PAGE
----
shells had not aged. She hoped she would be strong enough to lift the gun. That evening, upon arriving at home, she would know. She would taste death....and then? She feared the "and then." THAT was the unknown. The chimera had warned her that it was not pleasant. A wheezing bald man shouted her name ("Mrs. Drayton") five times in succession, and each time the geriatric crowd stamped their feet on the auditorium floor. It was a kind of salute. Dull and misguided, she thought. Glancing at the dark corner, she wondered whether the cold specter of Jean-Patrick had liked it. They were cheering and stamping for a bag full of angle irons, a crippled, misshapen old corpse. Jean-Patrick deserved a better spectacle to haunt. V. Jean-Patrick Gastroniac Jean-Patrick Gastroniac, like many other French boys of the prewar era, was somewhat pampered and spoiled by his station in the petite-bourgeoisie. The son of a prosperous hotelier, he offered a small glimmer of promise in his future, a little bright window which said he would soon turn from a pretty boy to a handsome man to a very handsome man who no doubt would be both wealthy and content with his lot in life. He radiated the dull promise of future contentment...and little else. And this made Vereine hate him. Her mother was a chamber maid in Jean-Patrick’s father’s hotel, and though she was a next door neighbor to Jean-Patrick in the village, his house was huge and hers was small. So at the age of 17, she began undressing at the same time every day in front of an open window in full view of the huge house next door. In a short time, Jean-Patrick caught onto her ritual and became a spectator. He was the only spectator Vereine desired. She came to love teasing the pretty, rich boy next door. Becoming aware of the power of her sculpted, fecund body and lovely symmetrical face, she exercised to the fullest the gifts that nature had awarded her. Jean-Patrick was two years older than her, which made him even more desirable as a target of her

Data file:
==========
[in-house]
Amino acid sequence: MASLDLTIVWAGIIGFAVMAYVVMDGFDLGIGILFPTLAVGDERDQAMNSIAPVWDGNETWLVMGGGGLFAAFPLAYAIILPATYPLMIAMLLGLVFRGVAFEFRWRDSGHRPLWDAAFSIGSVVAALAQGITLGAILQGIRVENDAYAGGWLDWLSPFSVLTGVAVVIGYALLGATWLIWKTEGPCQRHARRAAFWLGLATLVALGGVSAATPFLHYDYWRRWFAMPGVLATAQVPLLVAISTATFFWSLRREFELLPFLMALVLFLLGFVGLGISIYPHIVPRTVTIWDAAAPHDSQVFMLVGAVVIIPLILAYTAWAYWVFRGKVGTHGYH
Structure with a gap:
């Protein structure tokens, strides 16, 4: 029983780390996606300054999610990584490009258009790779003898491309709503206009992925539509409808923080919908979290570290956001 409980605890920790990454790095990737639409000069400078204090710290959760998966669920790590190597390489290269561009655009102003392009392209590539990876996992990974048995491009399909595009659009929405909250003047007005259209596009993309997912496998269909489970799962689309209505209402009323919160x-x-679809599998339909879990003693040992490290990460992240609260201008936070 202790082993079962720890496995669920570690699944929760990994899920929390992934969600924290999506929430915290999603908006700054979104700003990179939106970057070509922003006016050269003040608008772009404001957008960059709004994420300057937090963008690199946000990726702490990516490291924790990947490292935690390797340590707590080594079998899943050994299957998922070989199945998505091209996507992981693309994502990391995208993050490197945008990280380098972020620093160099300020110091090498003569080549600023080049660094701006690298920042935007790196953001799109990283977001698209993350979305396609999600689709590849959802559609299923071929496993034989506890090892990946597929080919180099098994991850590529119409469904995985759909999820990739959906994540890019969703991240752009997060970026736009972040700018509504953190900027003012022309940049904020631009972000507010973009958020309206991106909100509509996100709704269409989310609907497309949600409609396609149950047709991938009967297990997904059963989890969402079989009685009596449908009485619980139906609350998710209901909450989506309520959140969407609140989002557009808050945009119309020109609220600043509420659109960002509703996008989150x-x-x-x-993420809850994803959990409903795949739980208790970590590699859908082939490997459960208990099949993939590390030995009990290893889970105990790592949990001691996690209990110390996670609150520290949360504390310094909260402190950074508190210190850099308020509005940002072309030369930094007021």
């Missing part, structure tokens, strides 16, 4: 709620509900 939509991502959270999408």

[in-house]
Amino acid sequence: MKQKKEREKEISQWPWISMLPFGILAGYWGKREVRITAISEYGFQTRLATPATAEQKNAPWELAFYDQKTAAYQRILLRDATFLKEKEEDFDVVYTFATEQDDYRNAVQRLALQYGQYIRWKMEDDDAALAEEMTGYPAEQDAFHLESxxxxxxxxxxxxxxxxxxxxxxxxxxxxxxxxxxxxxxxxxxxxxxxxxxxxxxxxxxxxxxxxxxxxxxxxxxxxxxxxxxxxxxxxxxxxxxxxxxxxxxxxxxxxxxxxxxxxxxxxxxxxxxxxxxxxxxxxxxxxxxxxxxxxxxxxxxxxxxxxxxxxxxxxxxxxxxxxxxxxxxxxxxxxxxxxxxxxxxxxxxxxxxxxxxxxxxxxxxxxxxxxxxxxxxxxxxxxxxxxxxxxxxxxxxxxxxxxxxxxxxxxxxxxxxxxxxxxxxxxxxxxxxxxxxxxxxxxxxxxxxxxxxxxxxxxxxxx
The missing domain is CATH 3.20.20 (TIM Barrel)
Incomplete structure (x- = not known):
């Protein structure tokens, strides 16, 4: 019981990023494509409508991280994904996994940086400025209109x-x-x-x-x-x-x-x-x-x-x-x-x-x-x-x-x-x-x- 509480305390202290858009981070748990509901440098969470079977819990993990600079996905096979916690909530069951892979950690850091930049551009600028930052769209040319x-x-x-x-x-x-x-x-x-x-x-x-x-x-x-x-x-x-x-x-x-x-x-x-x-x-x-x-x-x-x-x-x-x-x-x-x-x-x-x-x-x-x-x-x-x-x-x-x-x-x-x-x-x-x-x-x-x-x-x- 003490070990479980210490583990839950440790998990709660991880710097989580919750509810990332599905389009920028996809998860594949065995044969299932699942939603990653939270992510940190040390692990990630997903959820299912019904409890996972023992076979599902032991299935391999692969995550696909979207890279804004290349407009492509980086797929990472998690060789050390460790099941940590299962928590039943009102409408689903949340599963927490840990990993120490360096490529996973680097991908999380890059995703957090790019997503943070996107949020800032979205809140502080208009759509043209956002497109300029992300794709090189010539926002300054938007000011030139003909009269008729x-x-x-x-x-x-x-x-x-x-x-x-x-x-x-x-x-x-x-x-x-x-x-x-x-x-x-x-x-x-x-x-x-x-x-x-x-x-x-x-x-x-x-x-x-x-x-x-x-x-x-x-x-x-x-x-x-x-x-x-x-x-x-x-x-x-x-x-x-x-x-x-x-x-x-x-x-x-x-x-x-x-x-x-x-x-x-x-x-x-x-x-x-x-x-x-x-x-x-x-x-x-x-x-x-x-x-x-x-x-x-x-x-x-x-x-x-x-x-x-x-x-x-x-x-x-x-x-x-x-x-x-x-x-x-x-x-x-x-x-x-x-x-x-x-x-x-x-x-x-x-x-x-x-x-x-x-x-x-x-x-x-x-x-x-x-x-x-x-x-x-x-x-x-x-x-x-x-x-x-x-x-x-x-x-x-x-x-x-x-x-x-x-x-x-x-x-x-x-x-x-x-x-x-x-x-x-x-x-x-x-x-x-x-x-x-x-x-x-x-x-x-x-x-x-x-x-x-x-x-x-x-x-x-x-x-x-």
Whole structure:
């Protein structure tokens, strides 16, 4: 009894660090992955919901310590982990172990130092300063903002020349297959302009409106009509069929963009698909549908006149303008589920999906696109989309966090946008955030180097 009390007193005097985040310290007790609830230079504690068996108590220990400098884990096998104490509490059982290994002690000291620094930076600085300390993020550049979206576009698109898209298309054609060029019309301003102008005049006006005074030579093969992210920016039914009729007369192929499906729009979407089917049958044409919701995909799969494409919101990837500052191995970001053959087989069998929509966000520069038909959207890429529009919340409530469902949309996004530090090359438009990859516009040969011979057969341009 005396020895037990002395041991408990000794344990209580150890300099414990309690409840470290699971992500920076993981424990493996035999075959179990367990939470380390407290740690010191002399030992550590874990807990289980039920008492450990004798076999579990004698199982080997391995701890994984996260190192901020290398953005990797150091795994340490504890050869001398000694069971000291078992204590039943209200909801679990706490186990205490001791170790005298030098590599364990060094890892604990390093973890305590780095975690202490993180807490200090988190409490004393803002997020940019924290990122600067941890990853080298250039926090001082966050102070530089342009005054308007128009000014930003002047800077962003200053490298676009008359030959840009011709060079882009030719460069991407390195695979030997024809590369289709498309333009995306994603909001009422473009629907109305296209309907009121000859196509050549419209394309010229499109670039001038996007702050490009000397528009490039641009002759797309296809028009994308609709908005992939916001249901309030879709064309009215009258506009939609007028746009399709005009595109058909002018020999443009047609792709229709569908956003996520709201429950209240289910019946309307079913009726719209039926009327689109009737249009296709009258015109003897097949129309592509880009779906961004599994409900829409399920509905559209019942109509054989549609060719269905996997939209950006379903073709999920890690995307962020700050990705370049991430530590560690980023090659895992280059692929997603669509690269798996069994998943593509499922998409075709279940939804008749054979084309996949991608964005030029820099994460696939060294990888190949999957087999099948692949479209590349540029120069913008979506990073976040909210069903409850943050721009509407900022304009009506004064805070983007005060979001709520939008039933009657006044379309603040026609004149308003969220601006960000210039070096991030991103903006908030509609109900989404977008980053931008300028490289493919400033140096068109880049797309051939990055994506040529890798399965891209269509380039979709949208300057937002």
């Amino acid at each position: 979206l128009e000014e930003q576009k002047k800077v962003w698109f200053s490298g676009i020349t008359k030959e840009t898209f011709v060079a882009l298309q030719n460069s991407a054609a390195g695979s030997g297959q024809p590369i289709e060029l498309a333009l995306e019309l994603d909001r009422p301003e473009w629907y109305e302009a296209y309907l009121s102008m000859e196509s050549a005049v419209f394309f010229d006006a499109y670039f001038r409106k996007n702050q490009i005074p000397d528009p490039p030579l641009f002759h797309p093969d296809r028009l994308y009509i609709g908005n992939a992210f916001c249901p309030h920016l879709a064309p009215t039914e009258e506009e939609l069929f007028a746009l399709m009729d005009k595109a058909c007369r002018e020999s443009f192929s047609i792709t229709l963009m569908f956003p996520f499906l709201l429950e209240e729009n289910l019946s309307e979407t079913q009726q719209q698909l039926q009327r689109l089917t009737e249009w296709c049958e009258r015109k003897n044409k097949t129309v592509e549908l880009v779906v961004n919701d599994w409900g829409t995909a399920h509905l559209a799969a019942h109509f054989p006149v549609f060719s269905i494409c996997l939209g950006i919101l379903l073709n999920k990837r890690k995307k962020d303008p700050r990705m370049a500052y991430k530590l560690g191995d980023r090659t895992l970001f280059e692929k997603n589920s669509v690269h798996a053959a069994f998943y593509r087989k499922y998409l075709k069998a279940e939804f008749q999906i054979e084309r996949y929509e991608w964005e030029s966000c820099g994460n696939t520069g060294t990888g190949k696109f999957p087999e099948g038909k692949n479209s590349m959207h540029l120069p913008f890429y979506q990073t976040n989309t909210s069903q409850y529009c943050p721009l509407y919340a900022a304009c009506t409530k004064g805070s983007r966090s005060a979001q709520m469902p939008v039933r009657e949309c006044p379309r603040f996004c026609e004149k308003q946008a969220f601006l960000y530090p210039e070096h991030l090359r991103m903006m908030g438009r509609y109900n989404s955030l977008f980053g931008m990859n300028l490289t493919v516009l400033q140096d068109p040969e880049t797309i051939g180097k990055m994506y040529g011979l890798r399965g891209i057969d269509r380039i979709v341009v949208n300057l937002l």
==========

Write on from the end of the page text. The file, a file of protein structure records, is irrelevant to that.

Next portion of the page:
voluptuosity. But the teasing and torment could not rest there. By the age of 18, Vereine had tired of the mere taunting of Jean-Patrick with her distanced nudity. Accordingly, she contrived to meet him one day in the small dooryard separating the big house from the small one. Her long hair fell casually over her purposely bare shoulders, and her total absence of undergarments allowed Jean-Patrick a veiled view of her dark, taut nipples through the white muslin of her skimpy dress, a view which in truth drove Jean-Patrick nearly mad. They knew each other in a flimsy sort of way but had never really conversed due to the unspoken differential in their social classes. Jean-Patrick had the insight that she was well aware by now that he had been watching her dress and undress for nearly eight months. Only shyness and a sense of middle class propriety had prevented him from confronting her before. But, on plan, she confronted him. She babbled on stupidly about all sorts of things, but what she really wanted to say was that there was a thorn in her heel. Of course there was. She had slid it into the skin herself before coming outside. Would he help with the thorn? Certainly. His fingers could not do the job, so he pulled it out with his teeth, mouth trembling and lips quivering. The touch of mouth to foot intoxicated him, and a visible erection creased his inseam. Vereine remembered the old Roman tale of Androcles and the lion. The lion remained forever faithful to Androcles , and so would she. Whatever he wanted, she would give---and all for a stupid thorn. And, of course, the much-enamored Jean-Patrick walked into it up to his chest. What could she give him for removing a thorn? Vereine, who was already sexually active with several of the village boys occupying her own lowly station, hoped that JeanPatrick would have the courage to ask for sex. But at first he did not.